Consider this my SEPTA service change guide. Literally the only non-seasonal change they seem to be making is the elimination of the 205, and the rerouting of the 204 and 206 to compensate. Thus, I figured why not ride the very last trip on this completely insignificant Regional Rail suburban feeder and review it?
I made sure to get an early 124 that would give me plenty of time in Chesterbrook, since I don’t trust the 124 not to be late. True to form, we arrived at Chesterbrook about 20 minutes behind schedule, giving me half an hour to find the stop. One problem, though: there were no stops that said “205” on them. Either SEPTA took down the 205 signs in advance, or they never had them up to begin with. I wouldn’t put the latter past them…
Eventually I gave up my search and just walked over to the little 30-foot bus, which was laying over in an office park. “Where do you board?” I asked through the open window. She told me to wait at the bus shelter that said “124” on it. I walked over there, and about ten minutes later, the bus pulled out of its hidey-hole (one minute early) to begin the last-ever 205 trip. There was one other rider on board, surprisingly!
We began by looping around the Chesterbrook Corporate Center on its office park roads, picking up no one else. Making our way to Duportail Road, we ended up in the woods, passing only an ominous “Authorized Vehicles Only” driveway. After the intersection with Swedesford Road, our street turned into…a highway on-ramp. Okay, did not realize the 205 had an express section.
We had a nice nonstop portion along Route 202, going by woods and highway walls with trees painted on them. Once we took the exit (marked simply “Exit”), we were back in office park land, going down Swedesford Road past streets with really fancily-foliaged medians. Turning onto Chesterfield Parkway, we ran through a series of office parks that included picnic tables next to parking lots (ho hum) and a beach volleyball court (ooh!). Someone else got on along here, which was exciting.
Crossing Swedesford Road for the last time, our street became Cedar Hollow Road, which went over Route 202 and across the Chester Valley Trail. There was even a residential neighborhood that we went by! We turned onto Industrial Boulevard next, which pulled a 180-degree turn around this bizarre incomplete rotary next to some office parks before climbing up into the woods. Our little bus was really struggling to get up the hill!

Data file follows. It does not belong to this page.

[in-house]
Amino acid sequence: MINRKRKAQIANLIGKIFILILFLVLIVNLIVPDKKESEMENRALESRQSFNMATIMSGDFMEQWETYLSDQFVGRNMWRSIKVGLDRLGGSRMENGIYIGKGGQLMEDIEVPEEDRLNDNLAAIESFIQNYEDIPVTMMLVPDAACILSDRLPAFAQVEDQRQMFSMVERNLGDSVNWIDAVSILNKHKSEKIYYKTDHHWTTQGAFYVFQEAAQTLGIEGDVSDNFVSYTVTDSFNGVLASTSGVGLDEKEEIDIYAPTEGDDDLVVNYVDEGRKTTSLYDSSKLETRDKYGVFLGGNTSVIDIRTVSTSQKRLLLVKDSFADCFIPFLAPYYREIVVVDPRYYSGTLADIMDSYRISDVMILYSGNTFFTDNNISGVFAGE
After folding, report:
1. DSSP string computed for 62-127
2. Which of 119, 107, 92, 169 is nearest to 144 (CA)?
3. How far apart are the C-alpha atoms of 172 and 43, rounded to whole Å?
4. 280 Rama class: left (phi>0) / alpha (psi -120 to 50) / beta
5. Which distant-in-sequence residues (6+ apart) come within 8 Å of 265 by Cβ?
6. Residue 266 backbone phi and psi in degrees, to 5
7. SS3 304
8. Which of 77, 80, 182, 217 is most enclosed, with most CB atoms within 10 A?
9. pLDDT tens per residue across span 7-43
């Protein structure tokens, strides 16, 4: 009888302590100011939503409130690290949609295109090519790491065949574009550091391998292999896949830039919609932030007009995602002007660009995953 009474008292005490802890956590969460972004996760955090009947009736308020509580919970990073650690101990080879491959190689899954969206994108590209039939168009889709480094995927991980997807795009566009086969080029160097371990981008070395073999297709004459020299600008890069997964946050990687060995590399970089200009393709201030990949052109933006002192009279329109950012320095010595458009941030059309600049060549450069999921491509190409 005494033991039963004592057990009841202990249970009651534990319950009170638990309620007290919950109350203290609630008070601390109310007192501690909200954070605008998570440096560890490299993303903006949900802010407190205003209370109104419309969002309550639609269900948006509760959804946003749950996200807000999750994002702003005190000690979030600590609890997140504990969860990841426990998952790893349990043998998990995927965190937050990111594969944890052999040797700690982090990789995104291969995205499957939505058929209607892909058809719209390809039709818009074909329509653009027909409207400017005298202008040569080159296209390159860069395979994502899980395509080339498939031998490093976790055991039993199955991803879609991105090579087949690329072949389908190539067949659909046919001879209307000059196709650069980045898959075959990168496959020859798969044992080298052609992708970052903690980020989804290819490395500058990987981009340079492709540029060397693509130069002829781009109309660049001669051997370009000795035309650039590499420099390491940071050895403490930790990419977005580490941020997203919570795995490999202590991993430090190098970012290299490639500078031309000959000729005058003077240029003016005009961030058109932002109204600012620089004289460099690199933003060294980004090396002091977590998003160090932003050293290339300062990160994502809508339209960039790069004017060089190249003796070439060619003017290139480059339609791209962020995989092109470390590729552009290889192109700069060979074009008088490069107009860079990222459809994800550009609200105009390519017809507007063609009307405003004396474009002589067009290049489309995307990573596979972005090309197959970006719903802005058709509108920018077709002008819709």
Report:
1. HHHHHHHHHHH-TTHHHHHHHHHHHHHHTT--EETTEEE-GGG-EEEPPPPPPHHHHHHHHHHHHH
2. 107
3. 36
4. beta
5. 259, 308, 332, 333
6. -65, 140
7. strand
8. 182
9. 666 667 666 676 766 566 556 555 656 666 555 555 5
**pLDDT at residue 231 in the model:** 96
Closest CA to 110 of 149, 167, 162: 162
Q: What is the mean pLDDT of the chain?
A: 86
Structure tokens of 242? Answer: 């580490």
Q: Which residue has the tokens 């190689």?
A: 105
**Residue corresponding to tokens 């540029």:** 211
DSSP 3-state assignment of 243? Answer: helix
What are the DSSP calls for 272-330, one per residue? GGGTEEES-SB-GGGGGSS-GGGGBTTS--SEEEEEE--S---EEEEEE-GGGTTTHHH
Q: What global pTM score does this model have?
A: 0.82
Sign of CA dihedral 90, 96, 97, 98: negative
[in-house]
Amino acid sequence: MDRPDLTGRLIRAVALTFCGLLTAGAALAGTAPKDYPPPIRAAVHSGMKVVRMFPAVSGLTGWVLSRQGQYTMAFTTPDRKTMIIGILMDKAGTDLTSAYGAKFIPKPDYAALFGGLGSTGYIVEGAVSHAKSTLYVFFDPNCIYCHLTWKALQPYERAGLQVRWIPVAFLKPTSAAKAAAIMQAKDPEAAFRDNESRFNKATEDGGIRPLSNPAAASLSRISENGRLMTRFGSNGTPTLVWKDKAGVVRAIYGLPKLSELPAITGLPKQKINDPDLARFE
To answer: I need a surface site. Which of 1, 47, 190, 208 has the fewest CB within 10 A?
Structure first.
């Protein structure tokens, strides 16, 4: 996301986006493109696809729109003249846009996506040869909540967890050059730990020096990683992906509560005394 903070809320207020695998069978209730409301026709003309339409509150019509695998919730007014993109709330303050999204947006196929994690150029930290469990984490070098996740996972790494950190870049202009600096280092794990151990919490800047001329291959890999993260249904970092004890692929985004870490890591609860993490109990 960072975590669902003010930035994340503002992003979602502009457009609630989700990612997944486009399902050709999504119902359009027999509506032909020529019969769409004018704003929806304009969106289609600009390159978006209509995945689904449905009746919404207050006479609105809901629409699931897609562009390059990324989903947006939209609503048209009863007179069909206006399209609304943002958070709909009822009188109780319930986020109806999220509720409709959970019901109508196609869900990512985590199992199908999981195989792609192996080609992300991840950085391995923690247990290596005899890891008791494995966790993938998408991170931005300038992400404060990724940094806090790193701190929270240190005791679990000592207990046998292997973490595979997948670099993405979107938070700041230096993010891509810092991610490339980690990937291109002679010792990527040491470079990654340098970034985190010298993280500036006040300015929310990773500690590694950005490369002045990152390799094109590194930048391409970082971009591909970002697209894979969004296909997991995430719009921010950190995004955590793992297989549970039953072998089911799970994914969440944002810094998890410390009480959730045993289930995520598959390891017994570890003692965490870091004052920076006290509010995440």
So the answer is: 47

We broke out into the Paoli Medical Plaza, where the guy who boarded in Chesterbrook left the bus – that’s a trip he won’t be able to make again after today. The road curved around to an intersection with Lancaster Ave, onto which we turned. We went underneath the Main Line tracks, then there was some retail development that I guess was downtown Paoli. “Paoli Village Shoppes” – give me a break. And then the SEPTA station popped up out of nowhere, and into it we went. I was the last person ever to step off a 205!
Route: 205 (Chesterbrook to Paoli Station)
Ridership: 40 whole riders a day? Averaging out to two people per trip? How could they posssssibly justify getting rid of thissssss?
Pros: The route pretty nicely aligns with Paoli/Thorndale Line trains, and I gotta say, it was impressive that we left Chesterbrook a minute early and arrived at Paoli a minute early. Essentially right on schedule!
Cons: Who would want to use this to commute to Chesterbrook when in order to get there, you have to take this crazy roundabout trip? The 124 is a mess, but getting off at Gulph Mills and taking the Norristown High Speed Line in eases the pain quite a lot! And 40 riders a day, I mean, come on…
Nearby and Noteworthy: You like office parks? The 205 gives you office parks. You like beach volleyball? The 205 gives you beach volleyball.
Final Verdict: 2/10
Yeah, I mean, rerouting the 204 and 206 to cover up for the 205’s loss makes a lot of sense to me. I fully support the elimination of this route. I just hope that guy who went from Chesterbrook to Paoli Medical Plaza can find another way there, though…
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